Cannabis Dispensary Liscense in Canada

Are Dispensaries Legal in Canada?

As of October 17, 2018, you can open up a legal cannabis dispensary.Canada has officially passed Bill C-45 (Cannabis Act), which allows for the cultivation and retail sales of cannabis for recreational purposes. The retail and distribution of recreational cannabis is within the provincial (not federal) jurisdictions; in other words, each province has a different framework for licensing retailers.

However, a business plan is an essential tool for anyone considering applying for a licence to sell cannabis. Sharp can help you provide Health Canada with a professional cannabis business plan that increases your chances of approval.

How do Dispensaries Operate?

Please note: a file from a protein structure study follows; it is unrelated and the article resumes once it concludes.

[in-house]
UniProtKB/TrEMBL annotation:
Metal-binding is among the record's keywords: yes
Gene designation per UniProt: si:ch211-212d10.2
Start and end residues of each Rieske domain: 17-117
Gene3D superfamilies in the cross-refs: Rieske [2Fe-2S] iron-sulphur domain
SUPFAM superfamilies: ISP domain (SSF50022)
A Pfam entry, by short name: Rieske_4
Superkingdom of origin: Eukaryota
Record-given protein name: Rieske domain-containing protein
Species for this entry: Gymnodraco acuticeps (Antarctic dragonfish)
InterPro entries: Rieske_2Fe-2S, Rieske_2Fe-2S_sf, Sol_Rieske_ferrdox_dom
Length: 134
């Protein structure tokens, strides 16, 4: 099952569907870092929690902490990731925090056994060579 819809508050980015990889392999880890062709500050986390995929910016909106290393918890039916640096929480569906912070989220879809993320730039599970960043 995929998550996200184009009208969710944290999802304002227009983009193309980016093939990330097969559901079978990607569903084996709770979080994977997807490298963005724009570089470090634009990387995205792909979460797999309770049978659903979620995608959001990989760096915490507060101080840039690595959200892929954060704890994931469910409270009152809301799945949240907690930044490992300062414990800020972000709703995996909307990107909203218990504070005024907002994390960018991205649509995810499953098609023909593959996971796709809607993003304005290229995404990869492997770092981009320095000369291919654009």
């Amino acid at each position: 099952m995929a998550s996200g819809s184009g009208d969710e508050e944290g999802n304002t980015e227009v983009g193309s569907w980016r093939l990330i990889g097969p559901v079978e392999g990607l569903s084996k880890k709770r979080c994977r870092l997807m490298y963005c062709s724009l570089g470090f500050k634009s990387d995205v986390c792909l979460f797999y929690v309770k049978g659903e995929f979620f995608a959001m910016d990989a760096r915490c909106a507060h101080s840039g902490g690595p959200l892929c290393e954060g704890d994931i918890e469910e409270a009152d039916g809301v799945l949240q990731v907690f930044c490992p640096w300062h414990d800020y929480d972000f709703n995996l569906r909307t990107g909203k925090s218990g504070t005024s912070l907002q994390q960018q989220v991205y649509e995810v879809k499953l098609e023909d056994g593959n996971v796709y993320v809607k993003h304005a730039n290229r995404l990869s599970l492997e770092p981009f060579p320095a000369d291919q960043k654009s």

Dispensaries operate much like any other retail business that carries any high-value merchandise; however, there are some specific factors, which include the following:

  1. It’s advisable that you upgrade the air conditioning or HVAC system to ensure the air circulating in the store is cleaned through a HEPA filter to reduce any odour from your products.
  2. To protect your assets, you should run an ID check on all patrons to ensure that they are of legal age, which varies by province. Some provinces have decided that they do not want any dispensaries; however, you may wish to obtain legal advice about the Allard case and other case laws involving cannabis.
  3. A good point-of-sale (POS) system may not only be useful, it may be mandatory so that you can track what each customer purchases. A POS will definitely help you market to your existing customers and may be essential if the manufacturer or producer has to issue a product recall.
  4. Your staff will probably have to have taken an “official” course in cannabis retailing.